Four Upcoming Concerts Offered by School of Fine Arts

Sunday, November 20, 2011

The Department of Music of the Fairmont State University School of Fine Arts offers four upcoming concerts for music lovers in November and December.

The FSU Saxophone Quintet will present a recital in the Wallman Hall Auditorium on Monday, Nov. 28, at 8 p.m. Admission to the recital is free and open to the public.

The selections, covering a wide range of styles, include Fanfare by Arthur Fraeken Pohl; Have You Met Miss Jones by Richard Rogers and Lennie Niehaus; My Funny Valentine by Rogers-Hart, arranged by Keith Young; It Don’t Mean a Thing by Ellington-Mills, arranged by Lennie Niehaus; A Study in Contrasts by Sammy Nestico; Irish Tune from County Derry by Percy Grainger, arranged by William Schmidt; Adagio and Allegro by G.F. Handel; Christmas Carol Suite, arranged by Kris Dorsey and Bill Holcombe; and That’s A-Plenty by  Williams/Naqli.

The members of the Saxophone Quintet are; Jay Leeper (soprano and alto saxophones); Trey Hefner (alto saxophone); Cecil Lopez  (tenor saxophone);  Rachel McIntire (baritone saxophone); and Brandon Haggerty (tenor saxophone). The quintet is directed by Randall Hall.

The FSU Guitar Department, directed by Patrick Joyce, will give a performance on Tuesday, Nov. 29, at 8 p.m. in Room 229 of Wallman Hall. The program will include arrangements for guitar quartet as well as works for solo guitar. Quartet arrangements include the familiar Ode to Joy melody by Beethoven. Solo works draw from a range of composers from the baroque period to present day.

The department will perform Alleluia by William Boyce (1710-1779), arranged by Don Miller; Ode to Joy and  Canon by Ludwig van Beethoven (1770-1827), arranged by Don Miller; Bon jour mon Coeur by Orlando di Lasso (1532-1594), arranged by Patrick Joyce; and Amyntas with His Phyllis Fair by Francis Pilkington (1565-1638).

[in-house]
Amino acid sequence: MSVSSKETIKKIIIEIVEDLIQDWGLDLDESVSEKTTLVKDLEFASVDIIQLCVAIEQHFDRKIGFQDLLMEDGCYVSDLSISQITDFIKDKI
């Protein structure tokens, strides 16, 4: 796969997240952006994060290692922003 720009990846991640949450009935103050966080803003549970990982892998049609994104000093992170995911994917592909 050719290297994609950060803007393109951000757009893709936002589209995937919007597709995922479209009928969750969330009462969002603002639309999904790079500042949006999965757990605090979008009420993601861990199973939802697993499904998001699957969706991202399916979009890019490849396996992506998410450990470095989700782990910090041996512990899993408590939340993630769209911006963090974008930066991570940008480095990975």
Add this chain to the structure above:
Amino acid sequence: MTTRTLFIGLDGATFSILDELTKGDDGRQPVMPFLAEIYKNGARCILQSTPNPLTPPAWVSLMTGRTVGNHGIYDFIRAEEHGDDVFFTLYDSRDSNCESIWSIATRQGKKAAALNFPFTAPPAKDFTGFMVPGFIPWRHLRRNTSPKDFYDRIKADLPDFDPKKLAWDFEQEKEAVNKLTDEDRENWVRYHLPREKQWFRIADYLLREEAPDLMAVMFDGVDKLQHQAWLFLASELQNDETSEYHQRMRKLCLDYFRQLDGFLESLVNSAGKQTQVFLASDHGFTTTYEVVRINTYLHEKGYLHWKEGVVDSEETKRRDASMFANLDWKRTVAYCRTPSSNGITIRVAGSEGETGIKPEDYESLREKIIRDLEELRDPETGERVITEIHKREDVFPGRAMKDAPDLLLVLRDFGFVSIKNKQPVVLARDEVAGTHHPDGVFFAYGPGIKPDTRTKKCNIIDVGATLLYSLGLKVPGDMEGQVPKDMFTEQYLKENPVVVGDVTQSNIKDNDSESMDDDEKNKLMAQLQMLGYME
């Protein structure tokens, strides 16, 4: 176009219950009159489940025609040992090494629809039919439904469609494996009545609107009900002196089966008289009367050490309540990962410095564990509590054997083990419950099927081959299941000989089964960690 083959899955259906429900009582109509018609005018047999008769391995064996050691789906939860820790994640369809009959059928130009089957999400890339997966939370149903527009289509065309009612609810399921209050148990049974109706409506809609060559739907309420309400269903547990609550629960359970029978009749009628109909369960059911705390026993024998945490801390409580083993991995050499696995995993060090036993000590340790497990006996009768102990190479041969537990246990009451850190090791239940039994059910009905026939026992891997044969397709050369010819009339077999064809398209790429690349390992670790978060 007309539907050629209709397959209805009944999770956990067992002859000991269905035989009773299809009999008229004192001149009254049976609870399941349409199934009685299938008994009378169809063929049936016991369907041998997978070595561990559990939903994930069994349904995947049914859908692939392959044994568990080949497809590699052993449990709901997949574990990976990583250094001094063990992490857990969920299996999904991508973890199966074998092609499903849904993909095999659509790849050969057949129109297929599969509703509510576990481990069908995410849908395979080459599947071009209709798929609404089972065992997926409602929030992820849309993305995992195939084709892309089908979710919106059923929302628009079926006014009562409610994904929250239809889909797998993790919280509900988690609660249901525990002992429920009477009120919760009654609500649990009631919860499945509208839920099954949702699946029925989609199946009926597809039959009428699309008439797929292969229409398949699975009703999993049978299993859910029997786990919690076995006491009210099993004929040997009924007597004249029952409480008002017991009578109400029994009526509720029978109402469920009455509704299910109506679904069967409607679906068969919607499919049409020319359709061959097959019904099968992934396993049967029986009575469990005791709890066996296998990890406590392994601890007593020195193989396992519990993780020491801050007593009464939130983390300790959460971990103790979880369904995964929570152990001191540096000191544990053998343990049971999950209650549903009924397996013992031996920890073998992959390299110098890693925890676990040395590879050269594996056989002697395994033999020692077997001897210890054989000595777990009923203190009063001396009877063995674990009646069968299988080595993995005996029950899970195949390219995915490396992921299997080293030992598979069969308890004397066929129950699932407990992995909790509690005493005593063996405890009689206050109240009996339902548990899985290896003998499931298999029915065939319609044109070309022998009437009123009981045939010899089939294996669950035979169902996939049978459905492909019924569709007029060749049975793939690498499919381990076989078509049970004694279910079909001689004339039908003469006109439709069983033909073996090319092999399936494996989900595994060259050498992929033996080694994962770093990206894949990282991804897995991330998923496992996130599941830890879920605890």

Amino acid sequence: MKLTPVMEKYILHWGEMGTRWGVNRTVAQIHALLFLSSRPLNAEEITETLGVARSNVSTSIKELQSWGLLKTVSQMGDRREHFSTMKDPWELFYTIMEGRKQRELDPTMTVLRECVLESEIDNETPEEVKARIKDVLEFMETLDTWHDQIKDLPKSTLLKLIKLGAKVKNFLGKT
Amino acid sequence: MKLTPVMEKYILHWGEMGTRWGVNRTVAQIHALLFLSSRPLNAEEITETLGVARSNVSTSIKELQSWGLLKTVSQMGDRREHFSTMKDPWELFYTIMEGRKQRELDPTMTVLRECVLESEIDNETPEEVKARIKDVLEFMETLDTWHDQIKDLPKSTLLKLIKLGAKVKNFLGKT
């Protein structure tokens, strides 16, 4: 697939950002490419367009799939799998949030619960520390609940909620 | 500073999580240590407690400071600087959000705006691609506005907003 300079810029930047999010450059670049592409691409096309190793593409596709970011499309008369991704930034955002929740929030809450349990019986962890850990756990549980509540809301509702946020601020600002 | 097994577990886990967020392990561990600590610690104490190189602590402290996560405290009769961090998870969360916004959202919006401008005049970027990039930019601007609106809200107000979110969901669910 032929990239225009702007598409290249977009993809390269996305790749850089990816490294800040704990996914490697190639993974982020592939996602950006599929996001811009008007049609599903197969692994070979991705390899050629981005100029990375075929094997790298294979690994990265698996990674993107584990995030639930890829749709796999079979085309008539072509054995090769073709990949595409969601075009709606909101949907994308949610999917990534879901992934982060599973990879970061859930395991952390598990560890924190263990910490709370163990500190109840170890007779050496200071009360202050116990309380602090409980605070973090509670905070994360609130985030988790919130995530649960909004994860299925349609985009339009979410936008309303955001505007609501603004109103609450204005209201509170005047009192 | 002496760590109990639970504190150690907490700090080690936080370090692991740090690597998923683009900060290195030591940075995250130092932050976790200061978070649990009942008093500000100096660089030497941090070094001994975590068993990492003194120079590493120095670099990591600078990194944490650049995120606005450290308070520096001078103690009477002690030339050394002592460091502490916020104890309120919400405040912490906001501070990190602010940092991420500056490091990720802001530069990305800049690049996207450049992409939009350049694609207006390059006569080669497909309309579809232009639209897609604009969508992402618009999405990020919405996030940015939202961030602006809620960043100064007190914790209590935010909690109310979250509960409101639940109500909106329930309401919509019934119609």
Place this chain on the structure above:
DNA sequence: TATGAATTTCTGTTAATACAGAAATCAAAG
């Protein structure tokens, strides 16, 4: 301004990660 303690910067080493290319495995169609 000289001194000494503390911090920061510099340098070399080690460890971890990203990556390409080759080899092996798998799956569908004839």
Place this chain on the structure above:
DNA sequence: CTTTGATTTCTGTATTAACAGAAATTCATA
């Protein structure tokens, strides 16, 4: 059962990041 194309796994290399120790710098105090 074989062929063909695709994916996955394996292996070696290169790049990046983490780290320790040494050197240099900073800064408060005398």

Dakota Williams will perform Country Dance by Ferdinando Carrulli (1770-1841), and Gavotte in A by J.S. Bach (1685-1750).

Ben Male will perform Etude by Carrulli.

Sean Lee will perform El Testemente d’Amelia by Miguel Llobet (1878-1938), and Canarios by Gaspar Sanz (1640-1710).

Greg Hayhurst will perform Theme and Variations Op. 28 by Fernando Sor (1778-1839), and Prelude #3 by Hietor Villa-Lobos (1887-1959).

Finally, Tristram Salisbury will perform Prelude #4 by Villa-Lobos; Elation by Brad Richter (b. 1967); and Sunburst by Andrew York (b. 1958).

The Fairmont State University Community Orchestra will present a concert on Sunday, Dec. 4, at 7:30 p.m. featuring the music of Felix Mendelssohn, Gabriel Faure, Paul Hindemith, David Popper and Ludwig van Beethoven.

The program, conducted by John Ashton, and featuring William Skidmore on cello, will be held in the Wallman Hall Theatre on the FSU main campus. Admission to the concert is free and open to the public.

William Skidmore has been a member of the West Virginia University music faculty since 1977. He has presented numerous recitals throughout the Eastern United States, including performances at the National Gallery of Art, the Phillips Collection and The John F. Kennedy Center for the Performing Arts.

Skidmore holds degrees from the University of Illinois and previously taught at the University of Maryland. He has also taught cello and chamber music at the Interlochen Arts Camp.  As a chamber musician, he has been a member of the Maryland Trio, the Baltimore Symphony String Quartet, and the American Arts Trio. In addition to the Baltimore Symphony Orchestra, he was principal cellist with the West Virginia Symphonette and the Ohio Valley Symphony.

The Collegiate Singers, under the direction of Dr. Sam Spears, Assistant Professor of Music and Director of Choral and Vocal Activities, will present a concert called “Yuletide Carols” at 8 p.m. Thursday, Dec. 8, in Colebank Hall Gym. The public is invited to attend a dessert reception that will be held before the concert beginning at 7:30 p.m. The public is also invited to drop off new sweatshirts, toboggans, gloves and socks or new toys that will be donated to the Soup Opera as part of a service project spearheaded by the FSU deans.